“For all those who thought there was nothing more—nothing new—to say about Richard Nixon, John Roy Price has a surprise, and an important one. Here is a Nixon seldom seen, a Nixon leaning left even as he moved the Republicans right, a Nixon worried about his place in history even as he was soiling his place in history. No biography of the thirty-seventh president written in the remainder of this century can be unaffected by this vital and indispensable book.”—David Shribman, Pulitzer Prize–winning nationally syndicated columnist and former executive editor, Pittsburgh Post-Gazette
“John Roy Price’s The Last Liberal Republican is an indispensable memoir about working the domestic policy beat for President Richard Nixon. Price writes well, has commanding knowledge of the era, and is determined to set the historical record straight. I consider it a gift to Cold War–era scholarship. Highly recommended!”—Douglas Brinkley, Katherine Tsanoff Brown Chair in Humanities and professor of history, Rice University, and coeditor of The Nixon Tapes
“Not so very long ago the Republican Party was the home of serious policy thinkers and doers who believed in the power of the federal government to improve American lives and then exercised that power with skill and finesse. John Roy Price throve in that world, and in these pages he brings it captivatingly to life with fresh, nuanced portraits of Daniel Patrick Moynihan, Robert Finch, George Shultz, and many others, including, most remarkably, Richard Nixon. The Last Liberal Republican is just the book we need in our own illiberal time.”—Sam Tanenhaus, author of The Death of Conservatism: A Movement and Its Consequences and Whittaker Chambers: A Biography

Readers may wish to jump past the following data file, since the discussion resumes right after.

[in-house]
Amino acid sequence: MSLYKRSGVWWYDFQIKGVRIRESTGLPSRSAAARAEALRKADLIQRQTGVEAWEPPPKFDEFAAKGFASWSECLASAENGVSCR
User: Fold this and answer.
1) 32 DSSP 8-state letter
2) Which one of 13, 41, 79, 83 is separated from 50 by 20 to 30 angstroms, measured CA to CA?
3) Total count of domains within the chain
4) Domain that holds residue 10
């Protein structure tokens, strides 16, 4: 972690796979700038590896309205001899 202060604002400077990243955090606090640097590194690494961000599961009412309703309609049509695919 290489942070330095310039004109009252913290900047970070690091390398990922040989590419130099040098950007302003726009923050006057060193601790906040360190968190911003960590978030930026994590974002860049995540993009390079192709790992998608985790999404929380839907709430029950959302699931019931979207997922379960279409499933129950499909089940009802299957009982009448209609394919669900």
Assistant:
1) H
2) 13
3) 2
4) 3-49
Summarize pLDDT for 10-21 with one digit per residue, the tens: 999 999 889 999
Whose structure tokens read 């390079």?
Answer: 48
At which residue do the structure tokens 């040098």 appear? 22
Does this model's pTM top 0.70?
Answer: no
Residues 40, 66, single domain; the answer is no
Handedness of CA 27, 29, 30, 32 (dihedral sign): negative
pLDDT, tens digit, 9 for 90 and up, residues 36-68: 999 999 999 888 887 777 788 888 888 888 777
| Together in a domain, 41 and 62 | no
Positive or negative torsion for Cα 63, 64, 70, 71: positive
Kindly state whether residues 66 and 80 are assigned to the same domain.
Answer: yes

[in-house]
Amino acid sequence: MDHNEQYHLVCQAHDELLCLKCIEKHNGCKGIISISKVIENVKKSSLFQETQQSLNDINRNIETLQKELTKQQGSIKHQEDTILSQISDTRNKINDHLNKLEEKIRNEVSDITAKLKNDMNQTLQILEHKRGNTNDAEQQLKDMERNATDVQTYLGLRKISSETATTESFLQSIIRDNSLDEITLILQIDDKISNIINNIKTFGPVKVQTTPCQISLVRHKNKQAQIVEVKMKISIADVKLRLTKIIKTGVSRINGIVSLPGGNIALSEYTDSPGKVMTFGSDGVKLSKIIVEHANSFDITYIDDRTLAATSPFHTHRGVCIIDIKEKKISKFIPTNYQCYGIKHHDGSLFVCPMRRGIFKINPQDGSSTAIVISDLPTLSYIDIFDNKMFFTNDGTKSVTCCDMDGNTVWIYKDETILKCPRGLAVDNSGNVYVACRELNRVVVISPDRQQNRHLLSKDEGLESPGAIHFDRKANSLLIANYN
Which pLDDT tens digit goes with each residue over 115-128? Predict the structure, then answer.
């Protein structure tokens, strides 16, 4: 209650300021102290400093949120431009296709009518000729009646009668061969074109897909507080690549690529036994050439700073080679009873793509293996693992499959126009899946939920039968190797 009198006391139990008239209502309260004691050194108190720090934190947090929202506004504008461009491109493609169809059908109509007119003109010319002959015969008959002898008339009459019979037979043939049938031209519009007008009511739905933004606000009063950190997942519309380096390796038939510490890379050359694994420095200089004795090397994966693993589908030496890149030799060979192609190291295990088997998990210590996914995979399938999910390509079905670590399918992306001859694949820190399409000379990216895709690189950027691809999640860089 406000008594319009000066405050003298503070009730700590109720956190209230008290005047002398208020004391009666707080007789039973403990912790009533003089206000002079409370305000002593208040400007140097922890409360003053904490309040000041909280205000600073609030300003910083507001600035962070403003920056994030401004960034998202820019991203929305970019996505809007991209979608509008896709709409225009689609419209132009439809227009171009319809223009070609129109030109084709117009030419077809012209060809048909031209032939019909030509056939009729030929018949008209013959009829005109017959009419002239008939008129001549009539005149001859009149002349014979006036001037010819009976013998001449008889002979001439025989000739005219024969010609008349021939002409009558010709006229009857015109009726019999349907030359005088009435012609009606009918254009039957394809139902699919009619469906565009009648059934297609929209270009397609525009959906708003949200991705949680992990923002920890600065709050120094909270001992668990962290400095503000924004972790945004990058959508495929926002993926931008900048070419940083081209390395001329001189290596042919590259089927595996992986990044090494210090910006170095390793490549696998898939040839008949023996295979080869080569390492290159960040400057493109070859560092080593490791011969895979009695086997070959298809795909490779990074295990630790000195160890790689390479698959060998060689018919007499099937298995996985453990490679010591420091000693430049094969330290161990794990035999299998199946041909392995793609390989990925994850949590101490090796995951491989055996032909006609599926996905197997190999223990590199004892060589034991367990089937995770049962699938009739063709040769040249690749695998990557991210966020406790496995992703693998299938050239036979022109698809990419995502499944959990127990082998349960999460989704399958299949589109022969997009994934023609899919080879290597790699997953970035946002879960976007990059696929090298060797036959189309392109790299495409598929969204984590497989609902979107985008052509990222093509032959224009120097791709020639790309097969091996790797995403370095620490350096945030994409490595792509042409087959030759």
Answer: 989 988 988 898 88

List of Abbreviations
1. The Path to Eisenhower and Nixon: The Struggle for the Soul of the Republican Party
2. The Disruptive Decade: The 1960s and the Formation of the Ripon Society
3. Partisan Strife, San Francisco’s 1964 Convention, and Electoral Calamity
4. 1965-1968: Back to the Center?
5. The Oval Office Has a new Occupant
6. Organizing for Domestic Policymaking: Enter Daniel P. Moynihan
7. the Council for Urban Affairs: The Launch
8. A President in a Hurry
9. “Our Monument”: Laying the Foundation
10. The Battle for Nixon's Decision
11. The Fencing Moves Épées to Sabers
12. The Hunger Issue and the Food Stamp Revolution
13. “A Gamble on Human Nature”: Nixon in a Minority in His Cabinet
14. Briefing Ronald Reagan: The Beginnings of the Conservative Rebellion
15. The Center Does Not Hold—Nixon Folds His Hand on FAP
16. Richard Nixon and a Health Strategy